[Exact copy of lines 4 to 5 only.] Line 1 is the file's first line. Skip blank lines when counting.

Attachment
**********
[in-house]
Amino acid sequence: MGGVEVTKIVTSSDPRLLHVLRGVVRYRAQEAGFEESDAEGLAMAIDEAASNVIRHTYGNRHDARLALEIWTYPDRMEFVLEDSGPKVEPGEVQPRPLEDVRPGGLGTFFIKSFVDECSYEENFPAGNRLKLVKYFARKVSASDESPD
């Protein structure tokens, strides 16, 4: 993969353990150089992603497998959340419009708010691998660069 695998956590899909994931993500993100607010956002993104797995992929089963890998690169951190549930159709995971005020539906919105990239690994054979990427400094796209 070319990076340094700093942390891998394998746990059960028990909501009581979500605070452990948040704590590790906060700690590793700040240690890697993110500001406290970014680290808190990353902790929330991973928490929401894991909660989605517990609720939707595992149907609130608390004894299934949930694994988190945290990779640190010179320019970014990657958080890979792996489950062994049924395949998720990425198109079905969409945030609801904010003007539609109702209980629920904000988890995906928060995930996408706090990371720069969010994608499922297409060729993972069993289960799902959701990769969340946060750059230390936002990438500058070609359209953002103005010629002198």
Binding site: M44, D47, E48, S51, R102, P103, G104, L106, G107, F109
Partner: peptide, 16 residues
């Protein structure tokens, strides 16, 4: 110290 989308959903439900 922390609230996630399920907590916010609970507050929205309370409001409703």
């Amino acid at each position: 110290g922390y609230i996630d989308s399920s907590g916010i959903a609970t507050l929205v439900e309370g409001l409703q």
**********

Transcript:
Binding site: M44, D47, E48, S51, R102, P103, G104, L106, G107, F109
Partner: peptide, 16 residues